10 minute read

Behind the scenes at The Lobethal Lights

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Chris Williamson
17 December 2018
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While the lights may not have been shining on the Australian Cricket team at the Adelaide Oval as they usually do at this time of the year, they were most certainly shining bright in the small town of Lobethal in the Adelaide Hills.

Located 42km from the Adelaide CBD, Lobethal name translates from German to mean the “Valley of Praise”. Every year the entire town of Lobethal participates in their annual tradition “The Lobethal Lights”. The tradition of lighting up the streets has been part of the town since the 1950s when locals hand painted lights to decorate shops and businesses.

Since then it has grown every year and now claims to be the largest community Christmas lights event in the Southern Hemisphere! Not bad for a little town outside of Adelaide!

I’ve been told that visiting the lights is something of a pilgrimage for Adelaidians, and it is clear to see why. The place exudes charm and it was full of festive spirit.

I arrived at the aptly named ‘Main Street’ in the early afternoon as the shopfronts and homes worked on the final stages of the light designs. With almost 250,000 people expected to visit Lobethal over the coming weeks, the local shops were definitely in for a busy time!


I was given the hot tip by locals that a few houses on Bartholomew Street had some of the best lights displays of the year, so I headed up to watch their houses light up. Finally… the time had come… lights on!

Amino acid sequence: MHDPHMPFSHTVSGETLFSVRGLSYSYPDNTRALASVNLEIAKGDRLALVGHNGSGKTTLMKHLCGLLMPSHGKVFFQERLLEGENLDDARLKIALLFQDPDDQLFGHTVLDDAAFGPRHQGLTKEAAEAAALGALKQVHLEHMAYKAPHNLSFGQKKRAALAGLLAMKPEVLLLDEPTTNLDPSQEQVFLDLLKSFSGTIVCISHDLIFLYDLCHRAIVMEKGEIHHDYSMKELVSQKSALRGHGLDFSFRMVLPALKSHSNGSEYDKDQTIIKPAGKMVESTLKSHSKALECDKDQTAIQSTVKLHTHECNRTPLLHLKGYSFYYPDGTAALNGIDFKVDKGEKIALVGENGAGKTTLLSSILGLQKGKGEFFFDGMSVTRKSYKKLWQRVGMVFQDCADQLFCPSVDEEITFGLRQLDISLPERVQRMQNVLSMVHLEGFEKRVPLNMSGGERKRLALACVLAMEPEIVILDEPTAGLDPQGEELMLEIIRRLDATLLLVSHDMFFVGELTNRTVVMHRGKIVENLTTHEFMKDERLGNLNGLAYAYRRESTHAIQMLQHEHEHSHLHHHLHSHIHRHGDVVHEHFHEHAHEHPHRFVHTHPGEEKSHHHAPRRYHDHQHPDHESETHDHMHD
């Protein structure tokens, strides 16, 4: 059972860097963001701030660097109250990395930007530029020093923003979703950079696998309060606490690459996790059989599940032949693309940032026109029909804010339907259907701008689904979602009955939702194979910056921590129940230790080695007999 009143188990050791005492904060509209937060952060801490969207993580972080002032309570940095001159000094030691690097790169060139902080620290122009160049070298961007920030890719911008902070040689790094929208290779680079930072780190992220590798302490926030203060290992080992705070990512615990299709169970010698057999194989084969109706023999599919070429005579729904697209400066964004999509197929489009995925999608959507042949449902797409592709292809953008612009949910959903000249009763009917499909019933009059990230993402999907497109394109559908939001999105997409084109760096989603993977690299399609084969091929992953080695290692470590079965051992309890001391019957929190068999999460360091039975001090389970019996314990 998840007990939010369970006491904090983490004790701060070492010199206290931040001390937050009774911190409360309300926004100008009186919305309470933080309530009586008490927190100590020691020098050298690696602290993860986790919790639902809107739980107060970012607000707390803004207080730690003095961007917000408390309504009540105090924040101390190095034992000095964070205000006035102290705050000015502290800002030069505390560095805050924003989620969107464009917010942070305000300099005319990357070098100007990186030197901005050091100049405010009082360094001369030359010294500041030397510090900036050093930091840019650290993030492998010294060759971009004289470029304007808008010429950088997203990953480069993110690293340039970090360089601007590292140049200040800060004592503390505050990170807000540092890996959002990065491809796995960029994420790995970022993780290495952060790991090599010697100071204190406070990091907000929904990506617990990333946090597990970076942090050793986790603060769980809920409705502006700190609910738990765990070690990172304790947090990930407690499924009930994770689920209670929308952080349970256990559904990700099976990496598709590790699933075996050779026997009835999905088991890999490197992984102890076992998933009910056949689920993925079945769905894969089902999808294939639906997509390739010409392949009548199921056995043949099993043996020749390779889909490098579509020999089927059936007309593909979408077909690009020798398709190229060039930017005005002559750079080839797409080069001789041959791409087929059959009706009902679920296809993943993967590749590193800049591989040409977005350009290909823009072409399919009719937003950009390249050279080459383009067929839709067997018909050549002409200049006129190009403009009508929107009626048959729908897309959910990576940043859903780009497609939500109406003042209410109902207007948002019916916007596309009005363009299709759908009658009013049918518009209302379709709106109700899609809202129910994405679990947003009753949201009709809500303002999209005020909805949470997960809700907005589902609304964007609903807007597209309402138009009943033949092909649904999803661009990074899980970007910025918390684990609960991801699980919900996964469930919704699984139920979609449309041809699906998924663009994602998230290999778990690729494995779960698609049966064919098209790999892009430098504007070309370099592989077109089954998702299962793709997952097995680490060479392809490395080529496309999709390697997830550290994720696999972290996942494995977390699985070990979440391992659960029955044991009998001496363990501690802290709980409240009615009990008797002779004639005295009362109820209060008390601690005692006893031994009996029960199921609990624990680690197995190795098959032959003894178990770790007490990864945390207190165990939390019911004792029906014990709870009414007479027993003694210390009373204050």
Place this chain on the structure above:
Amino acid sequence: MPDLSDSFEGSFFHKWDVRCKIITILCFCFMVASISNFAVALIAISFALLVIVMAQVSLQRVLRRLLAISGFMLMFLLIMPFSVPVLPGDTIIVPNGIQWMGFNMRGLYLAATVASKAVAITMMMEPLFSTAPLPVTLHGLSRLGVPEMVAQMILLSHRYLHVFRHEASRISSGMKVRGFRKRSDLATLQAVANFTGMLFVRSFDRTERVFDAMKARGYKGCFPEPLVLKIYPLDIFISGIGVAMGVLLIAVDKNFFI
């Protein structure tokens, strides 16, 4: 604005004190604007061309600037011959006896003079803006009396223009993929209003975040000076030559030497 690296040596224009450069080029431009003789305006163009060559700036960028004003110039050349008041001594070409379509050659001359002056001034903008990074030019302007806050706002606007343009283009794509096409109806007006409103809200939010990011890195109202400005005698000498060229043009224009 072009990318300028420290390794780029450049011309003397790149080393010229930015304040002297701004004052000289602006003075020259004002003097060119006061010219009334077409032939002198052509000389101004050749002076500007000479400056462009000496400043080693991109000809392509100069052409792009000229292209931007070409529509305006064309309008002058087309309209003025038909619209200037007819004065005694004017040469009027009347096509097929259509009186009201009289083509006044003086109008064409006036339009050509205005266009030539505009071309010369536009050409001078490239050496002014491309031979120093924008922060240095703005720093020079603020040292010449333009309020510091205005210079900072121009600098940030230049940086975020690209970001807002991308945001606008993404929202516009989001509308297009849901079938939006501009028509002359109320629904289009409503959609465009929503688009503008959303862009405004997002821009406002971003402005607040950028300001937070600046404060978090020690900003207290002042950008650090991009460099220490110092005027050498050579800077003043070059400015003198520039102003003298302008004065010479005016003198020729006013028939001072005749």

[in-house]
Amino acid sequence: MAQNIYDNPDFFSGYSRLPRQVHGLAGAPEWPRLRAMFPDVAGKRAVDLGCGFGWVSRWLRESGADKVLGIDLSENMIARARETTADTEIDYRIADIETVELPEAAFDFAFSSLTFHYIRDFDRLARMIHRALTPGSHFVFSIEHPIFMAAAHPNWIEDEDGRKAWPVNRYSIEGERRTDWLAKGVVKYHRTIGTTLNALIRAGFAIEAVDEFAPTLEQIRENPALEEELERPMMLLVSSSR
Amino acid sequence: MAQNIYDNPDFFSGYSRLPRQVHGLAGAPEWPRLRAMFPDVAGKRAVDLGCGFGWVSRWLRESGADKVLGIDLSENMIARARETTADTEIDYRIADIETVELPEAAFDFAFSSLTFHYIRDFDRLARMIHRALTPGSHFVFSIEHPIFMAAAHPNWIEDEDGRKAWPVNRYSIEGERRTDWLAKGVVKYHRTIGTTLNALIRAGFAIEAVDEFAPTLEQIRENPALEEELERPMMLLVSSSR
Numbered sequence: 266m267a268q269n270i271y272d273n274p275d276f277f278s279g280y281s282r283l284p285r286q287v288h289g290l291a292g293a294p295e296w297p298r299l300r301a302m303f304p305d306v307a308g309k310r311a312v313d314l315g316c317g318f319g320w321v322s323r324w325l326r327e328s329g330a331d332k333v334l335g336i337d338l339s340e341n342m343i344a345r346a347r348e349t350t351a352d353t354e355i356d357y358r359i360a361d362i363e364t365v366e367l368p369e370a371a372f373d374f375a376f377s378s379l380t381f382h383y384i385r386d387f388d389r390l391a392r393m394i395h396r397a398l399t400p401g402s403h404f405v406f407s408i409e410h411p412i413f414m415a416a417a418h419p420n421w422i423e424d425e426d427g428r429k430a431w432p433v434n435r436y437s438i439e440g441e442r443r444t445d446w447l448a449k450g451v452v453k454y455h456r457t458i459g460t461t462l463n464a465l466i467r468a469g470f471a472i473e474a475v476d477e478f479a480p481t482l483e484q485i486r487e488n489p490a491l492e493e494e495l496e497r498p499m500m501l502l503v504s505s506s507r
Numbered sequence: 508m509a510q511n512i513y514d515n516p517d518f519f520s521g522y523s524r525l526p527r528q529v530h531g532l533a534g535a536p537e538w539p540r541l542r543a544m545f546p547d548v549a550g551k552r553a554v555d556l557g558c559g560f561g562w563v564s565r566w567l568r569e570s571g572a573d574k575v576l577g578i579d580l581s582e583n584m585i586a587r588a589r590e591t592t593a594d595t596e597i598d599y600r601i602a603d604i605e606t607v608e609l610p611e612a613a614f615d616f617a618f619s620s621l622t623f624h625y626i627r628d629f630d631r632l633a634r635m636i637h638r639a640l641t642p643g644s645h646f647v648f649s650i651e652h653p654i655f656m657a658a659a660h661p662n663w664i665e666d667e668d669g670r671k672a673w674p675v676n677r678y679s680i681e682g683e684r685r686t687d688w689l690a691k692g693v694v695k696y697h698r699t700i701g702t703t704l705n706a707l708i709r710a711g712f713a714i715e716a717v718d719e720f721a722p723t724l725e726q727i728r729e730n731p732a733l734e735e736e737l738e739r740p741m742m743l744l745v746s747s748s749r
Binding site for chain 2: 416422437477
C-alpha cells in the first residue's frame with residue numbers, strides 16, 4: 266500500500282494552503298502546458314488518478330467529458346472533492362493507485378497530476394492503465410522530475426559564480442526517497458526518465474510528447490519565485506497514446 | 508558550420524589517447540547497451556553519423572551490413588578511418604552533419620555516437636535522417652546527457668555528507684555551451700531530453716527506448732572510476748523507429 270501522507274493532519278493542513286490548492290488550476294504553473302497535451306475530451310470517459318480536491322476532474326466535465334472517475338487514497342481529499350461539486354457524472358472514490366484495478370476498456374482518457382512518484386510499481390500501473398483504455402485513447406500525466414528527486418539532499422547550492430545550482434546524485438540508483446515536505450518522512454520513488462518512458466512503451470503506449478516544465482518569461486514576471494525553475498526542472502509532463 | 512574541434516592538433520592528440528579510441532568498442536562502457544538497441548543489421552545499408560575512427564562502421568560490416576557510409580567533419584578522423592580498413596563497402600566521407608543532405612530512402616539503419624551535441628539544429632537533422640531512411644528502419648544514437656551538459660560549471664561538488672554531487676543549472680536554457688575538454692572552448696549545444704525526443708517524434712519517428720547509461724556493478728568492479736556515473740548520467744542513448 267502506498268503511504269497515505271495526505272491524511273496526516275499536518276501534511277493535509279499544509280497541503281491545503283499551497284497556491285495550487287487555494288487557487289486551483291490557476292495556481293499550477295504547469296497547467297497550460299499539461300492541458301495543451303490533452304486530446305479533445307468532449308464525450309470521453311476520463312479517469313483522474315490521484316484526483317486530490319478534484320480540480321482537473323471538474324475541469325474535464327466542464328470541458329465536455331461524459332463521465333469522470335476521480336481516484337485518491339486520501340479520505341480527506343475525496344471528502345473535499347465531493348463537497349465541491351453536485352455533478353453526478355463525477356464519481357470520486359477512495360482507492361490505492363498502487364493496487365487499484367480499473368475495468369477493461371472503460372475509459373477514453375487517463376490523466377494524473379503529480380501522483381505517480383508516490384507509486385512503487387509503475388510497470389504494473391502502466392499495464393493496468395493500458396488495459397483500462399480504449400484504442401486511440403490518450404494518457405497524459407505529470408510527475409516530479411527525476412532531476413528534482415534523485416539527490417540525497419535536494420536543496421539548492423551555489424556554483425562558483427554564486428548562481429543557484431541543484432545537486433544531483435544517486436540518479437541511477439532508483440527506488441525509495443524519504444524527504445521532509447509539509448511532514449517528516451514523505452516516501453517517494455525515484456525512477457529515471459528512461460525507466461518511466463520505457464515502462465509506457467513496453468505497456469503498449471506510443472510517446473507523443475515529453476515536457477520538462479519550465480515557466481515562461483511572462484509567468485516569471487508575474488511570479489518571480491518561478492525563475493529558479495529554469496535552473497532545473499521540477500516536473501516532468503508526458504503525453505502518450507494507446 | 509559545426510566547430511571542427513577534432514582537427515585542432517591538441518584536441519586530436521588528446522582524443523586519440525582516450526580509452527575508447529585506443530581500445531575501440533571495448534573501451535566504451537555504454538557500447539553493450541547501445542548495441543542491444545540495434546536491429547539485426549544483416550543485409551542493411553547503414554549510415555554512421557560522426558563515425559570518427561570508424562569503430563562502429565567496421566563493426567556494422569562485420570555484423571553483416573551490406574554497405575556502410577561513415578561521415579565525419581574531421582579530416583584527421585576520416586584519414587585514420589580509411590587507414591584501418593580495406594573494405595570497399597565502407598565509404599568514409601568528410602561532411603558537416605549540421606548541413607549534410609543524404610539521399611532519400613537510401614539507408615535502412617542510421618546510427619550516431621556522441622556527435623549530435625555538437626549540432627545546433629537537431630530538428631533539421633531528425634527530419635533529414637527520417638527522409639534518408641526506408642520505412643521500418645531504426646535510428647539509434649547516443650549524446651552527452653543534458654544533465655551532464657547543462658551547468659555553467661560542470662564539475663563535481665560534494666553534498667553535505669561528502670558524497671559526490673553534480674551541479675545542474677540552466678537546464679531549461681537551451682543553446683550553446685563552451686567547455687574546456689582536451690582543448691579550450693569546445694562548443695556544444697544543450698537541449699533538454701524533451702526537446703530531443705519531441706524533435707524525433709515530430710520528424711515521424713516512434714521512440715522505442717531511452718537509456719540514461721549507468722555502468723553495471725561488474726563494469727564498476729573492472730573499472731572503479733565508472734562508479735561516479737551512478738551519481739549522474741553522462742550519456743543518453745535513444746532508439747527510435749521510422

So, what was I doing there?


AGL was a main sponsor for the event,donating $10,000 of financial and in-kind support towards the organisation of ‘Lights of Lobethal’.

I felt fortunate to be part of the community that night and indeed, quite nostalgic to be amongst the magic of Christmas that I remember as a kid.

The whole town was glowing with not only festive lights but also genuine happiness. Kids were running from home to home, dogs were dressed as reindeers, even the adults had dressed up to participate in the festivities.

It is clear, that the community had put a lot of their energy into their Christmas light designs, and all their hard work paid off for sure. It was a site to see!


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But how much literal energy does AGL contribute to Christmas lights?


While we power a lot more than just Christmas lights I tapped into AGL’s Greenhouse and Sustainability Manager, Theo Comino’s data series to look at how much energy our sites produce every day and then he converted that into a Christmas Light Index, for fun. Because if you can’t have fun like this at Christmas, when can you? #datanerds

A key assumption for this Christmas Light Index is how much energy is used for your average Christmas lights. We turned to the definitive source of all things sausage sandwiches and Christmas lights, Bunnings.


For example, keeping it local to Adelaide… On an average day, AGL’s Torrens Island Gas Power Station produces enough energy to power 119,539,680 sets of LED fairy lights! That’s 47,815,871,969 LED Christmas lights bulbs every day! That’s right; in one day!

So, how many Christmas lights could some of our other assets power?


Asset Enough energy to power
X 400 LED bulb sets per day
Enough energy to power
X LED bulbs per day
AGL Loy Yang 708,538,480.02 283,415,392,009
AGL Macquarie (Bayswater & Liddell) 1,039,454,361 415,781,744,453
AGL Torrens 119,539,680 47,815,871,969
Bogong Hydro 3,687,012 1,474,804,695
Wattle Point Wind Farm 11,941,084 4,776,433,600
Hallett Stage 1 Wind Farm 13,897,320 5,558,928,019
Hallett Stage 2 Wind Farm 11,168,372 4,467,348,770
Hallett Stage 4 Wind Farm 21,081,572 8,432,628,791
Hallett Stage 5 Wind Farm 7,101,663 2,840,665,036
Oaklands Hill Wind Farm 8,303,009 3,321,203,516
Macarthur Wind Farm 46,988,302 18,795,320,986
Nyngan Solar Plant 11,257,975 4,503,190,013
Broken Hill Solar Plant 5,837,791 2,335,116,292